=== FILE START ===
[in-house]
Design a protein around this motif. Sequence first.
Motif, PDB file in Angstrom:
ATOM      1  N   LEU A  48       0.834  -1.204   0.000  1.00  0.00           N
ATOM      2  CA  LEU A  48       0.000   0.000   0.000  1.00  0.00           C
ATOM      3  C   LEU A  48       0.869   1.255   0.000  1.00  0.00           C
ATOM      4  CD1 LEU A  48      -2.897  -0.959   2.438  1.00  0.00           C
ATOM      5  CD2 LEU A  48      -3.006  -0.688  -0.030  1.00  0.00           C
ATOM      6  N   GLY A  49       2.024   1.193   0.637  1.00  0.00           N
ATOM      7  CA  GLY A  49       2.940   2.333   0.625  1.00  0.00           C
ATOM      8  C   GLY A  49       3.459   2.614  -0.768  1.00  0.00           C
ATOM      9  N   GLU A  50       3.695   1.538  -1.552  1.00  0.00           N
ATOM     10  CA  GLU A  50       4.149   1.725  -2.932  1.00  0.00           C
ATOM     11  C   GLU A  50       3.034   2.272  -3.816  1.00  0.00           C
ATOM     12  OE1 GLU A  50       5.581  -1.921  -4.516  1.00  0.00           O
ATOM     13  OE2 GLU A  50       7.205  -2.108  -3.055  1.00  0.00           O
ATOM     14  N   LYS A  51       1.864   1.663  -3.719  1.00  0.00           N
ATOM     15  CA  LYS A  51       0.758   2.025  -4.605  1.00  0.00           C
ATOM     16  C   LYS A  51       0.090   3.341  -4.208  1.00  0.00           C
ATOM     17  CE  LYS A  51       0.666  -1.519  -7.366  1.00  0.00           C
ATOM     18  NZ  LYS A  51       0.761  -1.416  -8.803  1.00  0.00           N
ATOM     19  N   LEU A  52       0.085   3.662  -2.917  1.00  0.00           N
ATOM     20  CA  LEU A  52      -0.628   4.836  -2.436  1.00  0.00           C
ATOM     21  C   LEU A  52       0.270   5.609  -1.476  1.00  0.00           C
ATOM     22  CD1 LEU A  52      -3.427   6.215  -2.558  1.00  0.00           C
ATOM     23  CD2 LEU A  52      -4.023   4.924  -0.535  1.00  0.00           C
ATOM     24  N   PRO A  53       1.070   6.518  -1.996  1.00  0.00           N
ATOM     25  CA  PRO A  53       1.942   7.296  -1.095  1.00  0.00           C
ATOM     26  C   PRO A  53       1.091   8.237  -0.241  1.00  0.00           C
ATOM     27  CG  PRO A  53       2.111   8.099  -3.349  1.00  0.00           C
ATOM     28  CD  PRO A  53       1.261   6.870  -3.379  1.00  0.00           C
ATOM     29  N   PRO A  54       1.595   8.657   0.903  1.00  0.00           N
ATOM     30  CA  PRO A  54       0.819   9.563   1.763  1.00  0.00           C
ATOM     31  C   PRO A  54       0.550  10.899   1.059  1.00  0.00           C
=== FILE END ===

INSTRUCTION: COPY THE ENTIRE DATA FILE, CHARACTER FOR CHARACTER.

[in-house]
Design a protein around this motif. Sequence first.
Motif, PDB file in Angstrom:
ATOM      1  N   LEU A  48       0.834  -1.204   0.000  1.00  0.00           N
ATOM      2  CA  LEU A  48       0.000   0.000   0.000  1.00  0.00           C
ATOM      3  C   LEU A  48       0.869   1.255   0.000  1.00  0.00           C
ATOM      4  CD1 LEU A  48      -2.897  -0.959   2.438  1.00  0.00           C
ATOM      5  CD2 LEU A  48      -3.006  -0.688  -0.030  1.00  0.00           C
ATOM      6  N   GLY A  49       2.024   1.193   0.637  1.00  0.00           N
ATOM      7  CA  GLY A  49       2.940   2.333   0.625  1.00  0.00           C
ATOM      8  C   GLY A  49       3.459   2.614  -0.768  1.00  0.00           C
ATOM      9  N   GLU A  50       3.695   1.538  -1.552  1.00  0.00           N
ATOM     10  CA  GLU A  50       4.149   1.725  -2.932  1.00  0.00           C
ATOM     11  C   GLU A  50       3.034   2.272  -3.816  1.00  0.00           C
ATOM     12  OE1 GLU A  50       5.581  -1.921  -4.516  1.00  0.00           O
ATOM     13  OE2 GLU A  50       7.205  -2.108  -3.055  1.00  0.00           O
ATOM     14  N   LYS A  51       1.864   1.663  -3.719  1.00  0.00           N
ATOM     15  CA  LYS A  51       0.758   2.025  -4.605  1.00  0.00           C
ATOM     16  C   LYS A  51       0.090   3.341  -4.208  1.00  0.00           C
ATOM     17  CE  LYS A  51       0.666  -1.519  -7.366  1.00  0.00           C
ATOM     18  NZ  LYS A  51       0.761  -1.416  -8.803  1.00  0.00           N
ATOM     19  N   LEU A  52       0.085   3.662  -2.917  1.00  0.00           N
ATOM     20  CA  LEU A  52      -0.628   4.836  -2.436  1.00  0.00           C
ATOM     21  C   LEU A  52       0.270   5.609  -1.476  1.00  0.00           C
ATOM     22  CD1 LEU A  52      -3.427   6.215  -2.558  1.00  0.00           C
ATOM     23  CD2 LEU A  52      -4.023   4.924  -0.535  1.00  0.00           C
ATOM     24  N   PRO A  53       1.070   6.518  -1.996  1.00  0.00           N
ATOM     25  CA  PRO A  53       1.942   7.296  -1.095  1.00  0.00           C
ATOM     26  C   PRO A  53       1.091   8.237  -0.241  1.00  0.00           C
ATOM     27  CG  PRO A  53       2.111   8.099  -3.349  1.00  0.00           C
ATOM     28  CD  PRO A  53       1.261   6.870  -3.379  1.00  0.00           C
ATOM     29  N   PRO A  54       1.595   8.657   0.903  1.00  0.00           N
ATOM     30  CA  PRO A  54       0.819   9.563   1.763  1.00  0.00           C
ATOM     31  C   PRO A  54       0.550  10.899   1.059  1.00  0.00           C